A 46-YEAR-OLD SWISS woman, Silvia Cecmann, was arrested in Javea for allegedly ordering the murder her husband’s Colombian lover.
This was revealed by the digital version of Spanish daily Las Provincias which reports she is accused of paying €50,000 to a Polish hit man to carry out the murder. Police believe he was hired through the criminal network with which the accused and her husband were allegedly associated, as the couple and were also apparently involved the violent side of debt collection.
The woman and five others, including the husband, were all arrested in Javea last Thursday in connection last year’s murder.
Investigations by the National Police uncovered the plot, and the trail that lead back to the Swedish based Polish assassin, who last year travelled to Denia under a false identity, went to the home of the 34-year-old Sandra Franco, and shot her three times in the head, before leaving the country.
After committing the murder, the killer was sheltered in a home of someone within the couple’s own crime ring, before flying out of Spain. The suspected assassin has now been identified by investigators, and is now the subject of an international arrest warrant. With the identification of the perpetrator, police say they have at last “closed the circle” that surrounded the circumstances of the crime.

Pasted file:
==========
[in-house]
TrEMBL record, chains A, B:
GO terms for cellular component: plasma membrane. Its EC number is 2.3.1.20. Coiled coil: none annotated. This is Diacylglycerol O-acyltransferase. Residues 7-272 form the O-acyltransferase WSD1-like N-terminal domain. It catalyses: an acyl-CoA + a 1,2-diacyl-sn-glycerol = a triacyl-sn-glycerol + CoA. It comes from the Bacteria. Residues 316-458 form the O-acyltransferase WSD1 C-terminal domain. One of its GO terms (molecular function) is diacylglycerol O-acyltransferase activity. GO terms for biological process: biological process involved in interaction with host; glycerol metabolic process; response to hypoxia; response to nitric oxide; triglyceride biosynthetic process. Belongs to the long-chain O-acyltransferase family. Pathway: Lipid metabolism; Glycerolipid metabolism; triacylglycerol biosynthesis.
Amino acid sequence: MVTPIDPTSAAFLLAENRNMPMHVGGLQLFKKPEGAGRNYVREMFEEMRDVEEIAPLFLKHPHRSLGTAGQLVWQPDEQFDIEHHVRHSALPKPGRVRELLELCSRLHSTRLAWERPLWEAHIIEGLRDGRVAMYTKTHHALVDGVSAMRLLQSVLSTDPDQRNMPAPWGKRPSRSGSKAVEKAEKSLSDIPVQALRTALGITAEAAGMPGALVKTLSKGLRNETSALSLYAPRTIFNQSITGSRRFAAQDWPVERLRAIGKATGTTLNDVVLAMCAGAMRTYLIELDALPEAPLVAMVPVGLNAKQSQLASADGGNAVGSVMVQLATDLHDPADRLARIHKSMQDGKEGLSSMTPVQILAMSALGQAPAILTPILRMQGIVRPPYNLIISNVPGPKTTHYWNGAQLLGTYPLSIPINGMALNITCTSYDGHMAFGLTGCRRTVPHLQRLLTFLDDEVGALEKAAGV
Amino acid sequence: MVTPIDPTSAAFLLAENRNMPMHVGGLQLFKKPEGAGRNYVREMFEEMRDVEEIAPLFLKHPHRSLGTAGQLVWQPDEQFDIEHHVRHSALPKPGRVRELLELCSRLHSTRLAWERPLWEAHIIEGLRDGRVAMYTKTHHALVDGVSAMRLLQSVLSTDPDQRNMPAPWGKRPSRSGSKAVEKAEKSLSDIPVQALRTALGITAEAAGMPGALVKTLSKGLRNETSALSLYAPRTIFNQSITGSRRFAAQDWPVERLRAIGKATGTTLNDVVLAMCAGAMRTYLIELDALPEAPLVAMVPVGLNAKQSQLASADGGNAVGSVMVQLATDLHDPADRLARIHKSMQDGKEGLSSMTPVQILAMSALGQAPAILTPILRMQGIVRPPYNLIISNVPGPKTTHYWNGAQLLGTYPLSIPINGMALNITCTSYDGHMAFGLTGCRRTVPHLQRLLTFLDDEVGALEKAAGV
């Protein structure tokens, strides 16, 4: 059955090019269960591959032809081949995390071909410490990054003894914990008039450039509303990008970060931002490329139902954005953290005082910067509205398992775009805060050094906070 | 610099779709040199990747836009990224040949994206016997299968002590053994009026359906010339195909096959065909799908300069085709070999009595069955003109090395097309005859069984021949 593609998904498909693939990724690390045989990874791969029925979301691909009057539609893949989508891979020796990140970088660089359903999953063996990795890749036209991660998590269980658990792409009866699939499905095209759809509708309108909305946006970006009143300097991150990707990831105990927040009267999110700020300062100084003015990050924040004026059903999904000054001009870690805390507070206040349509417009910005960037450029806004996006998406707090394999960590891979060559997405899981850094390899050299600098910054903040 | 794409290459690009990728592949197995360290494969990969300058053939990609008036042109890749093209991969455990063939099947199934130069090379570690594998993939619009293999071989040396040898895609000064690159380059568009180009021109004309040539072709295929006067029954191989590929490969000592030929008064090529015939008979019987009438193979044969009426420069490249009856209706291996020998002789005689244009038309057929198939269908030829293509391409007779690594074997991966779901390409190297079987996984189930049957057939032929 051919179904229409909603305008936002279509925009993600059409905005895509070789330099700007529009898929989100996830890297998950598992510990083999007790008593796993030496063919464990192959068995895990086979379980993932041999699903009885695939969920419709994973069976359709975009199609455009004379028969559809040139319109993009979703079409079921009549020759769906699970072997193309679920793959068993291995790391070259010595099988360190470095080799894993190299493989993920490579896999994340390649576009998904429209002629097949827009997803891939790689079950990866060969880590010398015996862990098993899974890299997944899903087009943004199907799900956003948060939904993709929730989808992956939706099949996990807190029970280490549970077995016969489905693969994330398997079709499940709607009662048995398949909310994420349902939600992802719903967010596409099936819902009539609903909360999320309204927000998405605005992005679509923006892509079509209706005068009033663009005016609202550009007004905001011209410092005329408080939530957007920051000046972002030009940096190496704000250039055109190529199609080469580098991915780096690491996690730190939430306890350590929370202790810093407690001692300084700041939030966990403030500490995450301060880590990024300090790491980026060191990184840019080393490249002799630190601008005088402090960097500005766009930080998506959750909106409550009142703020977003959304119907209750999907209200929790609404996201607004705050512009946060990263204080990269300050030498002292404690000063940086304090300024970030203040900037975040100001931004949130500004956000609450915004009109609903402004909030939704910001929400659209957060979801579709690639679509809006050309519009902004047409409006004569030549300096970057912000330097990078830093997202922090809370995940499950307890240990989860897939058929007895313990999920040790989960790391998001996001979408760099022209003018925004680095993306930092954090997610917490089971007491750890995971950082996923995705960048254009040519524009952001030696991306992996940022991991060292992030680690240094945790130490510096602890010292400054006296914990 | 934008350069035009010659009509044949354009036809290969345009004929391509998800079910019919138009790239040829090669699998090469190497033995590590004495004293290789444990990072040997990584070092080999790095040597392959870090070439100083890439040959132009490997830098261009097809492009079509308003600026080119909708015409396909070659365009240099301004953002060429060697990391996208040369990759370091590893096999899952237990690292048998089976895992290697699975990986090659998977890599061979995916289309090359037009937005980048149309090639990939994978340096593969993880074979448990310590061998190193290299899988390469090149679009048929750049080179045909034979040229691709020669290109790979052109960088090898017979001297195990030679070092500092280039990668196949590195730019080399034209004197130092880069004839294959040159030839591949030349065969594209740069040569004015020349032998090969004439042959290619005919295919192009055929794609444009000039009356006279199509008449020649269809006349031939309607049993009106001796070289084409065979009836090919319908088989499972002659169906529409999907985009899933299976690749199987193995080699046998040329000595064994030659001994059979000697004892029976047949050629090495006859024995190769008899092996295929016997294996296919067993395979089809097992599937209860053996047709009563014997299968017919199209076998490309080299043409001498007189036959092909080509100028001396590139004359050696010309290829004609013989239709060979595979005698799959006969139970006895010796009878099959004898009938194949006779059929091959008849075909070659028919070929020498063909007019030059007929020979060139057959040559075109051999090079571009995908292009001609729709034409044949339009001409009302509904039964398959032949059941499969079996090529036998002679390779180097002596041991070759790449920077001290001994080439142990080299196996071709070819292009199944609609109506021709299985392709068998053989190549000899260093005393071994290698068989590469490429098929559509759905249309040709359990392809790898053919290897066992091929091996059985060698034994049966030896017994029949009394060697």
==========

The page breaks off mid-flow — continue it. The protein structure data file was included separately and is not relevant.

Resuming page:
The husband, Norbert Cecmann, a German national, had offered an alibi for his wife before learning of the murder. He was not previously aware of his wife’s plans. Charges also include money laundering, possession of illegal weapons, and other crimes including extortion, and threatening violence.
In addition, police discovered links with a criminal network throughout Europe dedicated to money laundering from property sale deals, and the enforced collection of debts accumulated through high rate loans made outside the banking system.
The National Police have seized assets worth two million euros, including property and bank accounts. They have also have seized a Ferrari, two Mercedes and two Audis, all luxury cars and more than 15,000 euros in cash, gold coins, silver bars and stash of ammunition.
By Paul Deed